Why David Brat Is Completely Wrong About Climate Science

At a campaign event, he repeated the myth that climate scientists used to think we're headed into a new Ice Age.

| Wed Jun. 11, 2014 3:26 PM EDT

David Brat, the Virginia economics professor and tea partier who just beat House Majority Leader Eric Cantor in a Republican primary, is a staunch libertarian. And these days, that doesn't just mean thinking the free market should run most things, from the energy sector to healthcare. It also often means denying the reality of global warming.

In a recent campaign event video (see above), Brat explains his free marketeer perspective on environmental and energy problems. Naturally, he believes that American ingenuity will lead the way to a cleaner environment. But he also hints at a disbelief in the science of global warming, and alludes to a well-worn myth that has been widely used on the right to undermine trust in climate scientists—the idea that just a few decades ago, in the 1970s, climate experts all thought we were going to be going into "another Ice Age."

Here's how Brat put it (within the first minute of the video above): "If you let Americans do their thing, there is no scarcity, right? They said we're going to run out of food 200 years ago, and then we're going to have another ice age. Now it's, we're heating up…" At this point, Brat waves his hand dismissively.

UPDATE: Yesterday, we reported that the video containing these remarks had gone private on YouTube. It is now public again.

I reached out to the Brat campaign to ask if he believes in human-caused climate change; they did not immediately respond. Regardless, the myth that climate scientists, in the 1970s, all thought a new Ice Age was coming has been widely asserted by conservative and libertarian types ranging from George Will to Michael Crichton. And no wonder: It serves their political goals. It makes climate scientists seem quirky, wishy-washy, leaping from one conclusion to another.

But it's highly misleading.

In 2008, the Bulletin of the American Meteorological Society published a full article dedicated to debunking this myth. Here's a short excerpt:

…the following pervasive myth arose: there was a consensus among climate scientists of the 1970s that either global cooling or a full-fledged ice age was imminent.…A review of the climate science literature from 1965 to 1979 shows this myth to be false. The myth's basis lies in a selective misreading of the texts both by some members of the media at the time and by some observers today. In fact, emphasis on greenhouse warming dominated the scientific literature even then.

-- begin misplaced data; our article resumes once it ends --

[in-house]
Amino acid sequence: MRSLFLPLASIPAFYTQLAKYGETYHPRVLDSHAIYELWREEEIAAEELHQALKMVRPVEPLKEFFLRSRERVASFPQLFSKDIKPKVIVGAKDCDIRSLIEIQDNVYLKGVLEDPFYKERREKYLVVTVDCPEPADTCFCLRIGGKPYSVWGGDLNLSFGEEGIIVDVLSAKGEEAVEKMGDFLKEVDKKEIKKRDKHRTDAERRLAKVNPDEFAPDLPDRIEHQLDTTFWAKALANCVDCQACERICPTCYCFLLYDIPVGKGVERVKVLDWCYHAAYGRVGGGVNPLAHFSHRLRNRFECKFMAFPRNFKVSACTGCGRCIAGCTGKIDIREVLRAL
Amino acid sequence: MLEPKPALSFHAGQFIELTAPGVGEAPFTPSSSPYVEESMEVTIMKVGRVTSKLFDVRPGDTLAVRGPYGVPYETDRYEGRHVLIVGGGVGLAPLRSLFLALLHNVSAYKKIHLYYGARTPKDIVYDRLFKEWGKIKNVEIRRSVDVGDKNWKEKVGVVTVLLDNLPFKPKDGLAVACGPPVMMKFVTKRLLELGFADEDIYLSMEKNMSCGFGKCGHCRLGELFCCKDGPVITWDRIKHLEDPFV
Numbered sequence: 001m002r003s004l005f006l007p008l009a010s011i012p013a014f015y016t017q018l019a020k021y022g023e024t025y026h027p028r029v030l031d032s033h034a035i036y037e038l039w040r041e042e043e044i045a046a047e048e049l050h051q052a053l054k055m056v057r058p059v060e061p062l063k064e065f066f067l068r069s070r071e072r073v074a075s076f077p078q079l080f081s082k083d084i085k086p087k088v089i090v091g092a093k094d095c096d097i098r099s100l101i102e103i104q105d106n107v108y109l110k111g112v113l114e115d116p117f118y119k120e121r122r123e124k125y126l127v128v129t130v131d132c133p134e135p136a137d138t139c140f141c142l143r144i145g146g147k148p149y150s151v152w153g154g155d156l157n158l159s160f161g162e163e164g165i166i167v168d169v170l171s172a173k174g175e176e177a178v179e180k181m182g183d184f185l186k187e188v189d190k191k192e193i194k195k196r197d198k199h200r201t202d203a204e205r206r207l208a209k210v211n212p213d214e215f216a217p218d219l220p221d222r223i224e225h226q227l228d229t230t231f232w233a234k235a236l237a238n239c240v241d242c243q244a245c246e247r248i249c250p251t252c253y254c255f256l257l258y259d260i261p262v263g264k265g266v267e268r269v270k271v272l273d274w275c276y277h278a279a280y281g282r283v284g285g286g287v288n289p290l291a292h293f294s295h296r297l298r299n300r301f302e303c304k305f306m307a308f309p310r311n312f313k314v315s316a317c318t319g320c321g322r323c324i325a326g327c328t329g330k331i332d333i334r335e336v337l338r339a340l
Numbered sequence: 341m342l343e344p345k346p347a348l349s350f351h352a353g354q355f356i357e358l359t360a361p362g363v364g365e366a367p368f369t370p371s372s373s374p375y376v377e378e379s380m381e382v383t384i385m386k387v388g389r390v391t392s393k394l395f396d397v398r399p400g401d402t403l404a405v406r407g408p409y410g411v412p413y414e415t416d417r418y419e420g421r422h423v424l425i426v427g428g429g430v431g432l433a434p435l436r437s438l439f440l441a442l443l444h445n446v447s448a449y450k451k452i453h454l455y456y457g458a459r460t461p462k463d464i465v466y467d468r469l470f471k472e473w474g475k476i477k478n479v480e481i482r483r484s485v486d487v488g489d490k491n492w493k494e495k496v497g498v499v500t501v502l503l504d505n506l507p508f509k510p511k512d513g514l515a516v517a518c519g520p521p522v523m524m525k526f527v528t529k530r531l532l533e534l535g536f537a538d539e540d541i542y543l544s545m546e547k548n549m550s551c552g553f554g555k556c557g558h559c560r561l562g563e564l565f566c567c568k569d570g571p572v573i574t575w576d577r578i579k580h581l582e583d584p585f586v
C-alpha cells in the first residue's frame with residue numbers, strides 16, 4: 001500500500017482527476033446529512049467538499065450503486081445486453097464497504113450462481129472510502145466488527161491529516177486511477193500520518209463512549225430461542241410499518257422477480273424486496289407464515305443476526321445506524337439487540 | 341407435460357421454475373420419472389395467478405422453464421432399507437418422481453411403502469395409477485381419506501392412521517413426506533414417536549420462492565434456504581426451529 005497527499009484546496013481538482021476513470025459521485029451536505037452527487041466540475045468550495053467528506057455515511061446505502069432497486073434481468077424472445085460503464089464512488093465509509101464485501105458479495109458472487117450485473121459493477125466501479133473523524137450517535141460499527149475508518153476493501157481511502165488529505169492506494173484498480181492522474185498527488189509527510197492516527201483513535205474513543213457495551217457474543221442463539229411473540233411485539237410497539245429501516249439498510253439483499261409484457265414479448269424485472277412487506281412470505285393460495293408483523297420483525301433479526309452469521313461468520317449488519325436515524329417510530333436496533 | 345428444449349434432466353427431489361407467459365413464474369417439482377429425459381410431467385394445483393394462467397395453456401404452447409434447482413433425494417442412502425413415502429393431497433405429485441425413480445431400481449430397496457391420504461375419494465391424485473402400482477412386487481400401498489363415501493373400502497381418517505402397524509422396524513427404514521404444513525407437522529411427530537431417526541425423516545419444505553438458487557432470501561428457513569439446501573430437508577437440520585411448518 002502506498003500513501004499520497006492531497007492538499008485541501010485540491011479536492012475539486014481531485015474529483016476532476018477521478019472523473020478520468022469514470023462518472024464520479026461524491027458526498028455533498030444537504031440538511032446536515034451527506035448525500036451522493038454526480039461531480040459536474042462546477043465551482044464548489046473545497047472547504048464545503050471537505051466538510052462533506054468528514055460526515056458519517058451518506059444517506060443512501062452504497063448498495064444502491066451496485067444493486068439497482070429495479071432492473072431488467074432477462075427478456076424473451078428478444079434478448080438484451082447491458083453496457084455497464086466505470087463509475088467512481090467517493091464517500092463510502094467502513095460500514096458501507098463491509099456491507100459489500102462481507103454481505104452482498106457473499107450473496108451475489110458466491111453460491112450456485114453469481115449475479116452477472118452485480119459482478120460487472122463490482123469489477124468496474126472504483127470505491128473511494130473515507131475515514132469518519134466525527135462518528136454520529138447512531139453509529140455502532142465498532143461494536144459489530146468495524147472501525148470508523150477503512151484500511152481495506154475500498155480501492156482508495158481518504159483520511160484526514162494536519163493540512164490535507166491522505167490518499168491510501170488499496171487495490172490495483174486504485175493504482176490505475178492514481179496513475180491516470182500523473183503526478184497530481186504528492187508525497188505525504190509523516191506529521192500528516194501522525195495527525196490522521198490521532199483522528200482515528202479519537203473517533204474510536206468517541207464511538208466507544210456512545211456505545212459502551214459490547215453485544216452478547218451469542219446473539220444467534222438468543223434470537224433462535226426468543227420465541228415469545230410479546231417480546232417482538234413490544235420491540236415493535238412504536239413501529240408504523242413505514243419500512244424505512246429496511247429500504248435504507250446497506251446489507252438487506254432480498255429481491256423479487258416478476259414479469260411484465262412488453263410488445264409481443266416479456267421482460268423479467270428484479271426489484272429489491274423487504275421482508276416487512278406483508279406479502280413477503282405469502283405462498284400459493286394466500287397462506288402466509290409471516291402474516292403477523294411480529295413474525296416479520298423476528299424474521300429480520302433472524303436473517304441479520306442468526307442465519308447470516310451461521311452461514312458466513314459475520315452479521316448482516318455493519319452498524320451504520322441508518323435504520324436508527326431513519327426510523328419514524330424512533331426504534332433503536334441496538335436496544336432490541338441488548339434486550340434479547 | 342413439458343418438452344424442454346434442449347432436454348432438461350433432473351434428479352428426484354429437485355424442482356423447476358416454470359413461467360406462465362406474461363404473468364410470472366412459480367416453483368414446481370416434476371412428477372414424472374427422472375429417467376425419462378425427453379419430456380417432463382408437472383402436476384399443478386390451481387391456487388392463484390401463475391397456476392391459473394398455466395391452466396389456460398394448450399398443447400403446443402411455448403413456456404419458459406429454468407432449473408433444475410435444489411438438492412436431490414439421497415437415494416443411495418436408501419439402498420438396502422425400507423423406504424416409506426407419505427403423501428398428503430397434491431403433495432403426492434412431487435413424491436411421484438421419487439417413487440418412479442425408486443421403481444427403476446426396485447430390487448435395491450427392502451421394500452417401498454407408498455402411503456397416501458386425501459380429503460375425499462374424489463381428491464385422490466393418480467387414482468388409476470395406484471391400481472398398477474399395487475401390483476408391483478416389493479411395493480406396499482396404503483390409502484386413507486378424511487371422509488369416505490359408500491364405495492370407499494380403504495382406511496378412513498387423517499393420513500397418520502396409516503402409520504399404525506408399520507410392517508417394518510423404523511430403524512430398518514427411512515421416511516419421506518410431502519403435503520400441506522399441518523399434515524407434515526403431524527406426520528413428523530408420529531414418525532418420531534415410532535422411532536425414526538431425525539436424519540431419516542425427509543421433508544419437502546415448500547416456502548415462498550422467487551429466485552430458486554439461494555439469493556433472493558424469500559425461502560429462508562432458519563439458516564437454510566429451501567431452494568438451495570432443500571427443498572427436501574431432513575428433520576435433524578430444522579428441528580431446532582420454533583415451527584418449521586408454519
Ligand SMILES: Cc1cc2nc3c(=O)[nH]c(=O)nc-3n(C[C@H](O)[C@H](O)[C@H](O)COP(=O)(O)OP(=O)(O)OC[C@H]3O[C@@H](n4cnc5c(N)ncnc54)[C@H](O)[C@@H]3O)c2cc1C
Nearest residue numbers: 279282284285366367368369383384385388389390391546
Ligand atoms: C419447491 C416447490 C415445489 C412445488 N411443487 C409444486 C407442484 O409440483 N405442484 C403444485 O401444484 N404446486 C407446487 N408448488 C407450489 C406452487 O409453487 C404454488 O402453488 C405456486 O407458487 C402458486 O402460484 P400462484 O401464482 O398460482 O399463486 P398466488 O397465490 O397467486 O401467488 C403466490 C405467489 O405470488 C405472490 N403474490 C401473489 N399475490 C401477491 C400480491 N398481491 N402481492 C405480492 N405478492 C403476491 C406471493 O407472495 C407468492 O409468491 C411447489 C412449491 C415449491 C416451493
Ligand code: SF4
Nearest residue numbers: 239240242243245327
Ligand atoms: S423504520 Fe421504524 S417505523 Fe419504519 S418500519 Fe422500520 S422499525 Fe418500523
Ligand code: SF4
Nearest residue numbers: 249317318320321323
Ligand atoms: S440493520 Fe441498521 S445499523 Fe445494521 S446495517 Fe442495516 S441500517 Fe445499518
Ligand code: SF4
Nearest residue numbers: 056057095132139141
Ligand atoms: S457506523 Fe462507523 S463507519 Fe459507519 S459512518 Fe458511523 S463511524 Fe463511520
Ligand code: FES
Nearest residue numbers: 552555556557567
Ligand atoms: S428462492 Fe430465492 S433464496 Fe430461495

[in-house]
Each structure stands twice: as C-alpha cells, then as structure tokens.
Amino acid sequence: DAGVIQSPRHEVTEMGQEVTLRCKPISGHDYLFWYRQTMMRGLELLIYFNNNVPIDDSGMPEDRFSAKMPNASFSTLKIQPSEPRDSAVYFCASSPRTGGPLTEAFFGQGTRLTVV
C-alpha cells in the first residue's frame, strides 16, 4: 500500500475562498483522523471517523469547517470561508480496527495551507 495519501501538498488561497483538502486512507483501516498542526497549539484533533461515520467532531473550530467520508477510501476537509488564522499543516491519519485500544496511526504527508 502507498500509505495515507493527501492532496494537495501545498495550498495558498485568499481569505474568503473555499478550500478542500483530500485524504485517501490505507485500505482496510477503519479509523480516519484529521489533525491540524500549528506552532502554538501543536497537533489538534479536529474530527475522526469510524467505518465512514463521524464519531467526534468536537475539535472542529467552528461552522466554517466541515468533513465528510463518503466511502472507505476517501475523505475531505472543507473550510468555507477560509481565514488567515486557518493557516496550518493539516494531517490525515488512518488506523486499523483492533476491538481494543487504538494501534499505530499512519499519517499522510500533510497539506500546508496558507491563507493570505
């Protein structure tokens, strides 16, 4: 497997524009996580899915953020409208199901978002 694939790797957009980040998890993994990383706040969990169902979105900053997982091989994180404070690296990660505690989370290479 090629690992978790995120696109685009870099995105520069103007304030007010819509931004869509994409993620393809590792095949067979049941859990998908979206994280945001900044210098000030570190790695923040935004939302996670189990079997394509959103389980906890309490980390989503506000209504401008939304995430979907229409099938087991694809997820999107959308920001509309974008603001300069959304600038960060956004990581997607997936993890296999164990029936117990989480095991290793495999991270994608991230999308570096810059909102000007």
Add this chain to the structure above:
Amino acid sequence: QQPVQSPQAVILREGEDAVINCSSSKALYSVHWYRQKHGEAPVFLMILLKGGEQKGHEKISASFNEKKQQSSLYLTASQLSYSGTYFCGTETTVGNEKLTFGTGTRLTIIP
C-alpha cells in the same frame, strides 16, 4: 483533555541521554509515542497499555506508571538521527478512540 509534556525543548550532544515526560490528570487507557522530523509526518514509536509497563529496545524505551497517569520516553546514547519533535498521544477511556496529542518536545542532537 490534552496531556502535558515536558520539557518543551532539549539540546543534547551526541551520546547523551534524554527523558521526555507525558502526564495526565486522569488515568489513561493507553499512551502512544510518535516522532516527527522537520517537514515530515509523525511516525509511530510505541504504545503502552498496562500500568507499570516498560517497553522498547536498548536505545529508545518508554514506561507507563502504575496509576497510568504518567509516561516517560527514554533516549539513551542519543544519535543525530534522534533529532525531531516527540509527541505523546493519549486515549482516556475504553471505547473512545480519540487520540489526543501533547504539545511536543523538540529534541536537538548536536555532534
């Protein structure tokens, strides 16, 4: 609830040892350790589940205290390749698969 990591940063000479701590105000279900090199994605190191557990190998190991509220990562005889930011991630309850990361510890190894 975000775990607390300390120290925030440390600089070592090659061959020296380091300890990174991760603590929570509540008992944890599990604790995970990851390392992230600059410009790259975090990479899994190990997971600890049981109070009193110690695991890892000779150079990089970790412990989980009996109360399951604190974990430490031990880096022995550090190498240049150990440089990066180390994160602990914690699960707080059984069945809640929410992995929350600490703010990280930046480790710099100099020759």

So where did this odd idea—that within relatively recent memory, climate scientists were all worried about cooling, not warming—come from? After all, as far back as 1965, Lyndon Johnson's President's Science Advisory Committee detailed the risk of global warming due to fossil fuel burning in an extensive appendix to a report on the environment. Concerns about warming were prominent even then.

Nonetheless, the 1970s were part of a temporary cooling trend, at least in the northern hemisphere, and some journalists caught on. Some scientists also fanned the flames. Perhaps most notably, in 1975 Newsweek magazine ran a story entitled "The Cooling World." This is arguably the most frequently cited piece of evidence for those who claim that scientists, at the time, thought global cooling was coming. That's even though the story's author, Peter Gwynne, has himself set the record straight, writing, "Several atmospheric scientists did indeed believe in global cooling, as I reported in the April 28, 1975 issue of Newsweek. But that was then."

And even then, this was certainly not a consensus position in the scientific community. The American Meteorological Society paper shows, through a scientific literature review, that from 1965 to 1979, "only 7 articles indicated cooling compared to 44 indicating warming." Sure enough, by 1979, a major National Academy of Sciences report could be found highlighting the global warming threat and stating that if carbon dioxide concentrations in the atmosphere double, we could see a warming of between 1.5 and 4 degrees Celsius.

So no, scientists didn't unanimously say, "We're going to have another ice age." And getting this right really matters. Because it shows that contrary to what Brat suggests, climate researchers are not mercurial, and were not all wrong just a few decades ago. And that, in turn, underscores the reality that their current conclusion—that humans are causing global warming—is based on a long-running and extremely well established body of research and thinking.

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